Before You Get a Divorce You Should Ask Yourself These Difficult Questions
Deciding whether you and your partner should get a divorce is not an easy question to answer. There are many factors to consider, so making a quick decision is not in your best interest. Unless you’re in a relationship that is abusive (whether it’s physical, emotional, or financial), it’s best to carefully consider your next move. Here are the questions you need to ask yourself before getting a divorce.
Why am I ready to end the marriage?
Take time to explore what it is about the marriage that is making you want to give up. What exactly is motivating your decision?
“Whether you are unhappy or hopeless or too tired to keep trying, understanding your reasoning helps ground you in your decision. And the more that decision is grounded in you wanting something more or different and less about what your spouse did or didn’t do, the easier it will be to deal with the divorce, mourn the loss of this relationship, and move on,” advised therapist Rhonda Milrad, founder of online relationship community Relationup, to The Cheat Sheet.
Are there other options?
Divorce isn’t your only option. There are other arrangements that might work just as well for you and your spouse. One route that is slowly becoming recognized is an arrangement called “living apart together.” This is a situation where couples remain in a committed relationship, but choose to live separately.
Milrad told The Cheat Sheet that living separately could help diffuse and change some of the negative dynamics in the relationship.
What have I done to try to resolve my marital issues?
You might see divorce as a quick solution to your problems, or it could be your first thought due to years of anger and resentment. But it’s necessary to pause and take a moment to make sure you’ve done all you can to come to the right decision for you and your partner.
“Many of the couples I work with begin therapy and realize that they have never actually talked to one another about their issues! The therapy then becomes about sharing their experiences, healing from past injuries, and collaborating on solutions,” marriage and family therapist Shadeen Francis told The Cheat Sheet.
Have I looked at my role in the problem?
Use your dissatisfaction with the marriage as a time to engage in reflection. Think about some things you’ve done or said that could have contributed to your marital woes. If you changed some of the unhelpful ways you relate to your spouse, could the marriage be saved? Instead of shifting all the blame onto your spouse, try to understand how you might have introduced some conflict into your relationship and attempt to correct patterns that are causing discord.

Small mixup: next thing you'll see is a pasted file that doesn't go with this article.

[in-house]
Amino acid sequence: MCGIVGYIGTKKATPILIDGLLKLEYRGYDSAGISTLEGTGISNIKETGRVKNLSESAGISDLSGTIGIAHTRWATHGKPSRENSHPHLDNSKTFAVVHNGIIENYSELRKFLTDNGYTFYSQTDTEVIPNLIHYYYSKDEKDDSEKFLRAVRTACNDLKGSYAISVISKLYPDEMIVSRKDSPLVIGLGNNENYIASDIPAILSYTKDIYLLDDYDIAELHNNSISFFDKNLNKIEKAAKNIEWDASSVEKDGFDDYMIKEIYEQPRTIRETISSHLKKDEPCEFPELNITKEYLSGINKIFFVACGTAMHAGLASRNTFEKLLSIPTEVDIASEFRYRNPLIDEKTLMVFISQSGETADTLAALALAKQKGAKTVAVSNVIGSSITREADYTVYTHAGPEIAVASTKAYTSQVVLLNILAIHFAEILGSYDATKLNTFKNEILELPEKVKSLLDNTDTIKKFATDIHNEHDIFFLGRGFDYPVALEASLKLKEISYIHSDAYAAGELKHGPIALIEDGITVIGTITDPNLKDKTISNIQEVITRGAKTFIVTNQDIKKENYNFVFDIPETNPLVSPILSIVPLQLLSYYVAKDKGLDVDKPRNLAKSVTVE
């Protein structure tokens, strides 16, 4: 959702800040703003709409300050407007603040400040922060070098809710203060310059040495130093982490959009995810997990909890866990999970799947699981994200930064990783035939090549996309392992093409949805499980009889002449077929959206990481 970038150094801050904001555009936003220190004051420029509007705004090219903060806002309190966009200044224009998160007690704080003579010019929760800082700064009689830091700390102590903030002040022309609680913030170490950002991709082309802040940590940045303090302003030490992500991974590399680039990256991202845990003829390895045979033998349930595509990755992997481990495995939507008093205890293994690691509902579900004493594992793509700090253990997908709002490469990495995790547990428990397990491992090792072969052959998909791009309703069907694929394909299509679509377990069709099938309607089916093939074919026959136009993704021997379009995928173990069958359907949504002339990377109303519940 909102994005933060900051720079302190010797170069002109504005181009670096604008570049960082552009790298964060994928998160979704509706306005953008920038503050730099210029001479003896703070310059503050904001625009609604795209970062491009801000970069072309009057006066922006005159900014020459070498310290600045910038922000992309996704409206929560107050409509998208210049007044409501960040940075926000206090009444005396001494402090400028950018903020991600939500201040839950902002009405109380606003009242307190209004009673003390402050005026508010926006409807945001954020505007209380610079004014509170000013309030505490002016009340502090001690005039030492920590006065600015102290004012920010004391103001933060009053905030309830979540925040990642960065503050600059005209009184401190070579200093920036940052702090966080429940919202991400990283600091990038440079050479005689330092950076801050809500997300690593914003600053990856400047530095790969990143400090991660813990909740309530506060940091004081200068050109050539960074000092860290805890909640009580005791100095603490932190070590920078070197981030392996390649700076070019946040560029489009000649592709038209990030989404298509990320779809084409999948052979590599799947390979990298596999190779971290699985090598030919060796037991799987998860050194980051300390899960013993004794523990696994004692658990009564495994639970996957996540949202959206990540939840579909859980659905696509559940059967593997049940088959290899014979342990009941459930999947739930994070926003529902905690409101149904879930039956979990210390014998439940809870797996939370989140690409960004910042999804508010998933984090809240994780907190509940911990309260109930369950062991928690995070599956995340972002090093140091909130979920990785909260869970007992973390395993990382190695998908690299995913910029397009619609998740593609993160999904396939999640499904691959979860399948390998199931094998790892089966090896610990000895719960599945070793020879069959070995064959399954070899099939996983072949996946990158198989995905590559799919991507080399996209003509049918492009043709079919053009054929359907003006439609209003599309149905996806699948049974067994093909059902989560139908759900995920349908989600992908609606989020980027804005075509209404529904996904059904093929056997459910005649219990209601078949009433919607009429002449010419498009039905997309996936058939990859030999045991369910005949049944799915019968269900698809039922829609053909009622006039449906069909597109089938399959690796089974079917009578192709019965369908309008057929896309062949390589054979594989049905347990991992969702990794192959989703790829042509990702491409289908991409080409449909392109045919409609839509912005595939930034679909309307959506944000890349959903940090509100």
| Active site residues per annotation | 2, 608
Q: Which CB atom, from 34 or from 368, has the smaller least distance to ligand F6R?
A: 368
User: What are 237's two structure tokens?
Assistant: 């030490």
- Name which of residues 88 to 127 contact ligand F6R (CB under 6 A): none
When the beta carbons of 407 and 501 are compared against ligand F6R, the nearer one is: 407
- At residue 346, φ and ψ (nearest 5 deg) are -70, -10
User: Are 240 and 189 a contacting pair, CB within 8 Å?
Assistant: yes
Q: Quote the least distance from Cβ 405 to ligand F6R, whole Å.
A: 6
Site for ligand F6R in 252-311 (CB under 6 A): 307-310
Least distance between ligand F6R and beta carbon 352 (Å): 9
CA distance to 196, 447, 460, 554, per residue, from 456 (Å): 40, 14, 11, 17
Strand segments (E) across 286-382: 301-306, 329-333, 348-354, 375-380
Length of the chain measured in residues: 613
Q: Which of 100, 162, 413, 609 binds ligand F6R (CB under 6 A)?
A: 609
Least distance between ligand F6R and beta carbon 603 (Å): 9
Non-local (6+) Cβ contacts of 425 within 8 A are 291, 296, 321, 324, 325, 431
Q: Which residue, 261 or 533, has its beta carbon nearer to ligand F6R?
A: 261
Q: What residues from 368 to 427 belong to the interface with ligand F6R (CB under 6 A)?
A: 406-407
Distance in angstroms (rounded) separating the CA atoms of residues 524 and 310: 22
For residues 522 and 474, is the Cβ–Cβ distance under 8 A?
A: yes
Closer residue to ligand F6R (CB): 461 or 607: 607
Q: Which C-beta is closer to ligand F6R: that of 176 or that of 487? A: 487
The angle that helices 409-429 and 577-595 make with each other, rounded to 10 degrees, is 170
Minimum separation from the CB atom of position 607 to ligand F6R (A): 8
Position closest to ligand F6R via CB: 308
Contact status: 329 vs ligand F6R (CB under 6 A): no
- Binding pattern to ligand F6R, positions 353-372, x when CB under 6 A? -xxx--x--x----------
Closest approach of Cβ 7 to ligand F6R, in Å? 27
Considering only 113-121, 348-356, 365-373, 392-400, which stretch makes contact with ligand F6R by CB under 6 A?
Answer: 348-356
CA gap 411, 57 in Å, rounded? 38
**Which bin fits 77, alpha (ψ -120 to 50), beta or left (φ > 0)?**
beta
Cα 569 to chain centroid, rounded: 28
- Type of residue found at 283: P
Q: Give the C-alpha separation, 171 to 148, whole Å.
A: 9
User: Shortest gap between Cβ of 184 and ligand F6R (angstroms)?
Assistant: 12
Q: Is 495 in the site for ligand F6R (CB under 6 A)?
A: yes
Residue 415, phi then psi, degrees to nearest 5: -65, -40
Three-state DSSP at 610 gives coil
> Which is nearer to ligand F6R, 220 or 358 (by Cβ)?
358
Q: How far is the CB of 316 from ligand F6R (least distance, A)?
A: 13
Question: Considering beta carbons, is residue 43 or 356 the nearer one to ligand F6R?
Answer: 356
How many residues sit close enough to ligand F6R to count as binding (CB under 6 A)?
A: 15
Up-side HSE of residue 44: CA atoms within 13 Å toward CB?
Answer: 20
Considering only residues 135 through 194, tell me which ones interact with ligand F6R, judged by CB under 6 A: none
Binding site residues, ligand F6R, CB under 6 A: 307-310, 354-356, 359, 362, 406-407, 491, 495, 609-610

Would I stay if my partner changed?
What is it that needs to change for you to feel good about staying in the relationship? If it’s an issue that can be easily resolved, you might be able to work through it together. Whatever you do, resist demanding that your spouse change, and don’t resort to making ultimatums. This behavior will likely cause your spouse to become defensive and do just the opposite of what you are requesting.
Couple and family counselor Hayden Lindsey told The Cheat Sheet it’s important to think about what your response to the following question would be:
If you woke up tomorrow and your partner was magically different, would you still want to be with him or her? If the answer is yes, your marriage still has a fighting chance. If the answer is no, then you are no longer in a place where you can cherish your partner. If you have truly decided that you will have no interest regardless of what your partner says or does, it is selfish not to let go.
How accountable is my partner?
Does your partner refuse to accept any responsibility for the marriage’s failure? Does he or she have serious issues but won’t address them? Although it’s generally not helpful to make an ultimatum, Lindsey said in some cases it might be necessary, particularly when it comes to addiction. If your partner is battling an issue that requires professional intervention, he said it might be time to exert some pressure.
“Addiction and other psychiatric conditions can be treated, and if you are at your bottom line then there is nothing wrong with issuing a ‘treatment or else’ ultimatum. But if your partner repeatedly refuses to seek or respond to help, it may be time to move on,” said Lindsey.
What support do I have, and what support do I need?
Going through a divorce can be financially and emotionally taxing. You’ll need all the support you can get. Take inventory of what type of support you currently have and what type of support you will need in the future. Family, friends, and a good therapist can help you weather just about any storm. “Your life may change during and after the divorce, and creating a network of support makes a huge difference to where you land. Examples of support systems include friends, a support group, legal council, your family, financial cushions, or a psychotherapist,” said Francis.
Seeking outside help
Are you having trouble figuring out if you and your partner should divorce? You might benefit from speaking with a licensed marriage and family therapist. He or she can help you try to work through any lingering issues and then decide from there. If you need help finding a therapist, you can start your search by visiting Psychology Today’s therapist finder.
[Editor’s note: This story was originally published July 25, 2017.]
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